Saturday, October 30, 2021

Are Early Milongas a Bad Business Decision?

 


No. The early milonga eventually will be seen as the best business decision of the century for tango lovers. The COVID-19 pandemic was mostly bad news for tango communities.  However, one thing that was good is that the pandemic has taught many people that they need more sleep. A strong immune system requires it.

Why are early milongas a good business decision for those who are organizing them?
 I was not sure that that would be the case, but it made good sense "on paper."  In early 2019, I gave my rationale to local organizers, and many were skeptical.  However, people who had to drive an hour loved the idea.  Others liked hiking or some other activity on the next morning.  During the week, many need to wake up early for work. The late-night milonga made them cancel one, and often it was tango.  On the other hand, there were those who were night owls, worked late regularly or were retired who hated the idea of an early milonga.  Organizers wondered if people would come.  So what happened? Dancers came in record numbers once the milongas started at 7pm.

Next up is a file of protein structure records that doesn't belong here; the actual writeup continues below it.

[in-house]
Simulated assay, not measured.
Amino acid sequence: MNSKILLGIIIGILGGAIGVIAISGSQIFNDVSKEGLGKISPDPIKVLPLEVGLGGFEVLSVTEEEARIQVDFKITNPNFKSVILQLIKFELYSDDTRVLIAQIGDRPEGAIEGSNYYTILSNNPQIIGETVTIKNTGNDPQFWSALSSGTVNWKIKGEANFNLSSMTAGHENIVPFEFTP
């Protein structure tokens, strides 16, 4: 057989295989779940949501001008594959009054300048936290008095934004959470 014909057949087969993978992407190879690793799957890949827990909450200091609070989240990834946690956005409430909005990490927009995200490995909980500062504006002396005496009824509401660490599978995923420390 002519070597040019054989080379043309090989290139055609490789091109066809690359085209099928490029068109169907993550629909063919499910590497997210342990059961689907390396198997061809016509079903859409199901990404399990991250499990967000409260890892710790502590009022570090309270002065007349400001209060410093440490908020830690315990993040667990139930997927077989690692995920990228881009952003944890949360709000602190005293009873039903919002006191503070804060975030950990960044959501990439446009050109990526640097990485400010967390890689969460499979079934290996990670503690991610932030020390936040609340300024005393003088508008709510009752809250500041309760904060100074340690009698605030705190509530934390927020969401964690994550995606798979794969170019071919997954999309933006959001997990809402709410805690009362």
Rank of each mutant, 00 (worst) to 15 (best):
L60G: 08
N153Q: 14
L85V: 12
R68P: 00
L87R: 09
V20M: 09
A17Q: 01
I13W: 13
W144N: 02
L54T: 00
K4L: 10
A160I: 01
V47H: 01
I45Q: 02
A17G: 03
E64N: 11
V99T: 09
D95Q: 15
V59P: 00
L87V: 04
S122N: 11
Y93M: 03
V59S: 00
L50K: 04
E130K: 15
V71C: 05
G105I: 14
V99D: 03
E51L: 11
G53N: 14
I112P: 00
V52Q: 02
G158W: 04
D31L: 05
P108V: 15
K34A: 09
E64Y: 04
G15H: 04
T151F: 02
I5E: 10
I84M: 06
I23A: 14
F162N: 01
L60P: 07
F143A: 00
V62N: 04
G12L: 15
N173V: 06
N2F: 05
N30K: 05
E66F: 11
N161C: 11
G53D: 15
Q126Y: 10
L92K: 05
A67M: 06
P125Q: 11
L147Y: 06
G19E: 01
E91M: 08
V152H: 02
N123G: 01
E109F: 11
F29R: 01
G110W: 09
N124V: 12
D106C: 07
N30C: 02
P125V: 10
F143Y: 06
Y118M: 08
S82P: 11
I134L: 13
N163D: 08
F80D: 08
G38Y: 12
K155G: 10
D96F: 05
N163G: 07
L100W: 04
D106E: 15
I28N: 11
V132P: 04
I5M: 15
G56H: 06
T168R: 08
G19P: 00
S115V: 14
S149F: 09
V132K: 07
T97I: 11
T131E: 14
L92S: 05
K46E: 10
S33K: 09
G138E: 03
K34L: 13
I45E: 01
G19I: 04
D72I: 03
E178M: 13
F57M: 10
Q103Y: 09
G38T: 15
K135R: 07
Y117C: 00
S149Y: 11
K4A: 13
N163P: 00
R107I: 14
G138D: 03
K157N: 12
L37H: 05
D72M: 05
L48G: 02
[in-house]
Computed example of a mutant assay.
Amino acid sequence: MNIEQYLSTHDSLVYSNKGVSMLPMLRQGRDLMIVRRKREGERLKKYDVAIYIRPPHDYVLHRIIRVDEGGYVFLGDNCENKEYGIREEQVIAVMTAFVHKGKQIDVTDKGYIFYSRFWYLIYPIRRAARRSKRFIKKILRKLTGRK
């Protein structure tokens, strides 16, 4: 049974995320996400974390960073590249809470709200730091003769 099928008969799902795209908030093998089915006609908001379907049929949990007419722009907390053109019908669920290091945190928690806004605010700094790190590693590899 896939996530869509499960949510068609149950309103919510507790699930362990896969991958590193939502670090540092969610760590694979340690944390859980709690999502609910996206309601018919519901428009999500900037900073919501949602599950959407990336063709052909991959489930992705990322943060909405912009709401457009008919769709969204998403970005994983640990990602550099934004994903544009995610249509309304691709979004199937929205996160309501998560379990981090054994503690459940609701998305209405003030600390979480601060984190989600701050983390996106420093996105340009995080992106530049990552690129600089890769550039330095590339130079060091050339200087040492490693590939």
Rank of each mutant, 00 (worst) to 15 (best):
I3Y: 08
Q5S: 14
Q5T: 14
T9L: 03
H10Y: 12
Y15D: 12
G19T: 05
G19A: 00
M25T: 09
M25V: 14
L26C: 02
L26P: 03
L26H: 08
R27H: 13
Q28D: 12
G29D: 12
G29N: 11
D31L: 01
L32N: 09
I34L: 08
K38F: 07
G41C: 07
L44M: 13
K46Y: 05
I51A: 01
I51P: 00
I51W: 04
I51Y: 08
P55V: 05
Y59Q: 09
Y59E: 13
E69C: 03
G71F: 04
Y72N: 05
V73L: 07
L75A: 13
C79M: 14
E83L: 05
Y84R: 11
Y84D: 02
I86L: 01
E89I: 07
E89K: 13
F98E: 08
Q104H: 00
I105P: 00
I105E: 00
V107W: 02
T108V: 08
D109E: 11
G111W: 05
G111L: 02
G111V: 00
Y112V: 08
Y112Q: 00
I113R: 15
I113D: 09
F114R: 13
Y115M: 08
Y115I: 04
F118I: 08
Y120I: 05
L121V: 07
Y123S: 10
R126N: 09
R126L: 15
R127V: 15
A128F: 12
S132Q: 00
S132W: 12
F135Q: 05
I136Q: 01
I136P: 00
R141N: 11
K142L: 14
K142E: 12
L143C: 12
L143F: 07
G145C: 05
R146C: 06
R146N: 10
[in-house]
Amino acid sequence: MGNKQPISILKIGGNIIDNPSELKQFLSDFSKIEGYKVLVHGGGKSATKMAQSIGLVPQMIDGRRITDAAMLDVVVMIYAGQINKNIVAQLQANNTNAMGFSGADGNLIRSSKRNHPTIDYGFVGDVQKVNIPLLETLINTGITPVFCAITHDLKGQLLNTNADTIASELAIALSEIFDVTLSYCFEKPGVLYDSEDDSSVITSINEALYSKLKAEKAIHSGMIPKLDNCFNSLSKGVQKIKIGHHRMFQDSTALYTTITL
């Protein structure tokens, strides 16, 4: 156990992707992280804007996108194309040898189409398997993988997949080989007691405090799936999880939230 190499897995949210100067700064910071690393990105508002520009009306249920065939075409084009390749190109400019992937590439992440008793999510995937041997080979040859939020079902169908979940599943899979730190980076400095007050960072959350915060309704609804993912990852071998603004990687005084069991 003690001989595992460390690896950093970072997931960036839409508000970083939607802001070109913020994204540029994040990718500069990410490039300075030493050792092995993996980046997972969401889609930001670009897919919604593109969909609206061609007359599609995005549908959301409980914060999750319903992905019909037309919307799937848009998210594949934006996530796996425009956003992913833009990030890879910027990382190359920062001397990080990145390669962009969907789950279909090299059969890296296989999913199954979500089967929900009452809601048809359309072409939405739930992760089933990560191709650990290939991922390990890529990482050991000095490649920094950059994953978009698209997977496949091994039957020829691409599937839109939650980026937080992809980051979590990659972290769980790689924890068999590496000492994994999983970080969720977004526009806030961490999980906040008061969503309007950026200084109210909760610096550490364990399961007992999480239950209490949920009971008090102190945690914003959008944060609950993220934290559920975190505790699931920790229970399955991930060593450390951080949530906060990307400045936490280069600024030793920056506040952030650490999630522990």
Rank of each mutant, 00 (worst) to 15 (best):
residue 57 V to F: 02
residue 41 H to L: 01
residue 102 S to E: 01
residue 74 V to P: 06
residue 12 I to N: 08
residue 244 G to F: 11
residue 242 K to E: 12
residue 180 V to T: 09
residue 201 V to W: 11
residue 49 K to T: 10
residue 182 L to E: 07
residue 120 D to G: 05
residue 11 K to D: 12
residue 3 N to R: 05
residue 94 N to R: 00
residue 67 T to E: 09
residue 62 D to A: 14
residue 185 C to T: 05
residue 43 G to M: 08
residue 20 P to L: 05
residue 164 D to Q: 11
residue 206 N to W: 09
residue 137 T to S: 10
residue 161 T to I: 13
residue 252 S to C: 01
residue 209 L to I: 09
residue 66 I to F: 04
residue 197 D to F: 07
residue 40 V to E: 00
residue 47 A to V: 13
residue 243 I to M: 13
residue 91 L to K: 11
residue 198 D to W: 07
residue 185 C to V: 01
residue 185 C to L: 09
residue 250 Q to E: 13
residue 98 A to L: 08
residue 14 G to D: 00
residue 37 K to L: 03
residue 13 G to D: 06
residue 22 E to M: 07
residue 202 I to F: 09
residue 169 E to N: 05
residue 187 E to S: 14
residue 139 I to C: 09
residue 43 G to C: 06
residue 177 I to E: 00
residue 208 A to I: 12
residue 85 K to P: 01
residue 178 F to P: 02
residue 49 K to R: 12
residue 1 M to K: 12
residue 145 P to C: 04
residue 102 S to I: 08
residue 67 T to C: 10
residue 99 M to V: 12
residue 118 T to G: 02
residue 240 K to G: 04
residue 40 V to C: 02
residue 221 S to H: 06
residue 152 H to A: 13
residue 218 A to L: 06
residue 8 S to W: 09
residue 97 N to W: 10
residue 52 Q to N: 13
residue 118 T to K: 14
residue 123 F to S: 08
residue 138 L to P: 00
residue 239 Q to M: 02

For the nay-sayers, below is a footnote of the myths of why early milongas are a bad business decision.*

The best business decision always has an eye on the bottom line: Money.
An organizer in my community gave the early milonga concept a try on her longest-running monthly Saturday milonga.  The result was stunning.  Never had there been so many people come to that milonga since its inception, some 12 years ago.   She said, "This is great for me too. I have to get up with my children the next day.  I love it."  

So what was a feasibility issue for early milongas eventually became a good business decision for her and other organizers who jumped on the bandwagon in the same city.  But beyond the money issue, having early milongas (before 7:30 pm start),   In summary: 
  • More people came.  The main reason was that people out of town came.
  • Dancers had better personal balance and danced better.
  • Customers drove home before the drowsy-and-drunk drivers were on the road.
  • People with multiple interests awoke to enjoy a full Saturday or Sunday.
  • People who work for a living woke the next workday with uncompromised sleep rhythm.
  • Everyone had a better chance to have their memory and mood doing better.
One can ask, how is it feasible (or a good business decision) to continue late-night milongas in a time when people are more knowledgeable about the direct correlation of being more susceptibility to infections and viruses?  

Are late-night milongas feasible or even thinkable in a post-pandemic world?